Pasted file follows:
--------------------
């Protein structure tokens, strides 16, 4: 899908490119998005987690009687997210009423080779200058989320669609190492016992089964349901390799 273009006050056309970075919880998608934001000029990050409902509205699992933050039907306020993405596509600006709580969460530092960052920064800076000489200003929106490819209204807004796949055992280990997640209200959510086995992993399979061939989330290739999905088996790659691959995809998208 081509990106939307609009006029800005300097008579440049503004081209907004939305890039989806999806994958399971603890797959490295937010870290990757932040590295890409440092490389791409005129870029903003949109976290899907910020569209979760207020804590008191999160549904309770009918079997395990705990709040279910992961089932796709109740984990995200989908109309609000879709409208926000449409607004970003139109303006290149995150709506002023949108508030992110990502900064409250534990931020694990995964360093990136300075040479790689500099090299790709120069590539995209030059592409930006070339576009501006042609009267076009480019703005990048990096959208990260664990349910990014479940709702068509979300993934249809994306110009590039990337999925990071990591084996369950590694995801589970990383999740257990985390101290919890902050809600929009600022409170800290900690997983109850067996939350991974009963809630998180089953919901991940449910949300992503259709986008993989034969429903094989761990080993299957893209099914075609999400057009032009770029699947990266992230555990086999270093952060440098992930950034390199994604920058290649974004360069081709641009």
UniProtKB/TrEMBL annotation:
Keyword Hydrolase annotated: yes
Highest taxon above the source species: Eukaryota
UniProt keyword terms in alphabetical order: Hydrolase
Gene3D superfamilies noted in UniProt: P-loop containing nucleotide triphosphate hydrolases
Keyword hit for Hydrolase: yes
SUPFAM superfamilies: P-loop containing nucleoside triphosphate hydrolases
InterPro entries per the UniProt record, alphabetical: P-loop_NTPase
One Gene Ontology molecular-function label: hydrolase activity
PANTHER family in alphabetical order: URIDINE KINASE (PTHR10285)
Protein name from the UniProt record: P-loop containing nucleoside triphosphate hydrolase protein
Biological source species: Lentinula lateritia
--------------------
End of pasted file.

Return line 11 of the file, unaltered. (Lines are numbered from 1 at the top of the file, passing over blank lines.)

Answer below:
PANTHER family in alphabetical order: URIDINE KINASE (PTHR10285)